Things That Made My Reading Life Better in 2018
2018 was a big year. I moved (twice!), travelled to Ontario, Mexico, BC, and Saskatoon, worked, tried some things, said no to some things, said yes to other things, and got married! Which meant that a lot of goals this year suffered, but my reading life goals did not suffer - and that is cause for celebration.
In the last two years, my reading life has transformed. I’ve always been an avid and quick reader, but there are a couple of tools, tricks, tips, and people in the last two years that have been an integral part of that transformation, so I thought I’d share what’s working in my reading life in case “reading more” is a part of your 2019 resolution regiment.
Here’s what working in my reading life:
Using Goodreads for all things book tracking and book goal setting. I’m a person who thrives around number goals, so using Goodreads for all of that has been really helpful for tracking purposes. Plus, it’s fun to see what my friends + family are reading, and to read what friends and family have thought of books previously. (Ps. Be my friend on Goodreads!)
Making friends to talk books with. I’m not saying everyone needs to make a bookstagram (an instagram dedicated to books), but having a list of people who to talk to - and who to listen to - when it comes to books and book recommendations. Maybe for you, that looks like joining an in-real life book club, or starting a work book club. Who knows? I will say that two of my respected book friends are Rachel A. Dawson (@alltheradreads on instagram), Ellie Harte (@emhreads on instagram), and @laurenlovestoread - we have similar book tastes, but different enough that I’m still finding new books to read and don’t agree with every review they give.
Having a love affair with my local library. Not everyone has an incredible library like the Edmonton Public Library (humble brag), but I use my local library to the fullest extent. At any given moment, I have 20 books out of the library and 20 books on hold. Falling in love with my library, different library branches, and finding ways to make the library work for my reading life has been a blessing.
Listening to a bookish podcast. Specifically, I listen to What Should I Read Next with Anne Bogel. The podcast format is literary matchmaking: a guest comes on, sharing 3 books they love, 1 book that wasn’t for them, and what they’re currently reading. Anne has a really calming voice, and I love hearing what books people love, what books aren’t for them, and why - along with Anne’s excellent suggestions every time. Did this podcast make my “to be read” list enormous? Yes. Do I care? I’m 25 - I have the rest of my life ahead of me to read exceptional books. So, no.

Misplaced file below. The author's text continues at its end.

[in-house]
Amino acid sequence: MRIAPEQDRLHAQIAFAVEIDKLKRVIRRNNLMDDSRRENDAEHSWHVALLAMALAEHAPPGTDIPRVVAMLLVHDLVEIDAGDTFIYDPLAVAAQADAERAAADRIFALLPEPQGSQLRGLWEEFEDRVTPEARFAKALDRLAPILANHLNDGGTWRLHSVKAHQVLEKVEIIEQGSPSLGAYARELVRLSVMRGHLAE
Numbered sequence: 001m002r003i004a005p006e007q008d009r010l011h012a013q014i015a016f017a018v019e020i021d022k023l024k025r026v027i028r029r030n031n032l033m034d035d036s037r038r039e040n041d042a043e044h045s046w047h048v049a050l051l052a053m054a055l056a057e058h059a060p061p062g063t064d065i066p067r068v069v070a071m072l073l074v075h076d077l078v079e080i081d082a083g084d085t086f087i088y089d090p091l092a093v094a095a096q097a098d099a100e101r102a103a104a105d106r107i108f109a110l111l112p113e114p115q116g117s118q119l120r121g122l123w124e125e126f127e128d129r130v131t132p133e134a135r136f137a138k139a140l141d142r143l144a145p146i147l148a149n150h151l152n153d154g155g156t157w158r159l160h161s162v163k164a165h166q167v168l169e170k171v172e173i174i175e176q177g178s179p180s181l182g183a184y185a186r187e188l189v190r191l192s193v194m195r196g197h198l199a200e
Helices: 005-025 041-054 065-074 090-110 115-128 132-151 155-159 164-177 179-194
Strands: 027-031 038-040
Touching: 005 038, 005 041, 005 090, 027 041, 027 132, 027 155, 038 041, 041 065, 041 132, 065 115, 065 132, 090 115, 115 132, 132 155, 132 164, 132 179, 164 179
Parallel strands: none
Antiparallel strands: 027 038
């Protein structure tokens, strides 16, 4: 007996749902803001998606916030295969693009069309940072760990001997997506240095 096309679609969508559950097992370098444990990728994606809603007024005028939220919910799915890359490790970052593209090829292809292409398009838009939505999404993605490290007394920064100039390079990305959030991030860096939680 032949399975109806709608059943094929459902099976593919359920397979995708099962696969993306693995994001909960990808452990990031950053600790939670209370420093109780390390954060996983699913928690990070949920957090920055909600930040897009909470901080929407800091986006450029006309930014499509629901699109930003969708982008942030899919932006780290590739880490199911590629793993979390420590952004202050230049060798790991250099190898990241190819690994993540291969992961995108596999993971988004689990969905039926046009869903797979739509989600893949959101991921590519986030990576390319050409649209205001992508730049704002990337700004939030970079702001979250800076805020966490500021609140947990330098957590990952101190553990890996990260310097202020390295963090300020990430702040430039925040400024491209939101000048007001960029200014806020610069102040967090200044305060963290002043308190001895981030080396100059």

Saying “not for me” or “not right now” with books. I used to think people were silly when they didn’t finish books. “Every book is worth finishing!”, I thought! “I will finish all the books, all the time!” But sometimes, it’s just the right book at the wrong time. And sometimes it’s just not the right book for me. I saved a lot of time this year by saying, “this is just a not for me or not right now book.”
Switching up genres. This year, I made a concentrated effort to read children’s picture books - but I also read some middle grade books, some mystery, some poetry, and some literary fiction. It made a big difference. This is an area I’d really like to do more with in 2019, so stay tuned for genres to come up during my 2019 reading goals!
Knowing my reading tastes. After two years and over 200 books read, here’s what I know: reading a series is how I get out of a reading slump. I prefer fiction written from the first person. My go-to genres are young adult fiction and, well, any type of fiction. I find it easier to read fiction, so I try to read one non-fiction book for every 3-4 fiction books I’m reading. (Easier said than done.) This summer, a friend reached out and felt she had to always read heady, intelligent books, but that wasn’t what she liked. She started reading what she actually liked, and her reading life took off. Spend time finding what you like reading, because life is too short to read crappy books.
At this moment in 2018, I’ve read 111 books. 97 of them were by women and people of colour (big up to Rachel for inspiring me to track that!). I am too lazy to count non fiction, fiction, and poetry, but I definitely didn’t reach my goal of reading 12 books of poetry this year. I also didn’t hit my original goal of 125 books, because getting married put a pause on reading for a month and a half! And I’m feeling really satisfied with my reading life, so I think it will stay the same, with some exceptions.
I’m doing a book goal of 125 books read in 2019.
I want to read plays more, so I’m hoping to read twelve plays (one a month), and I’m hoping this will be more successful than me reading poetry this year. If you have suggestions for what plays to read, let me know - I would love to hear your suggestions. First up: Kim’s Convenience.
Doing a reading challenge - or maybe ALL OF THEM because I’m an enneagram 3 not satisfied with the status quo! The 2019 ones I’ve looked at so far are from Modern Mrs. Darcy, Reading Women, POP! Sugar, and the Read Harder challenge. I might take a bit from each list and make up my own super list, but either way, I’m excited to use this as a guide for reading outside of my usual genres.
Walking to the library. This doesn’t have much to do with books, but I am excited to be living walking distance from a library, and am hoping to walk to the library any time I go, as a way to do more walking and as a way to hopefully not OVERLOAD on library books.
And I think that’s everything! Tell me all about your reading life: what worked in 2018? What are you hoping for more of - or less of - in 2019? What book are you most excited to read in 2019? Do you want to be my book friend? (Please!)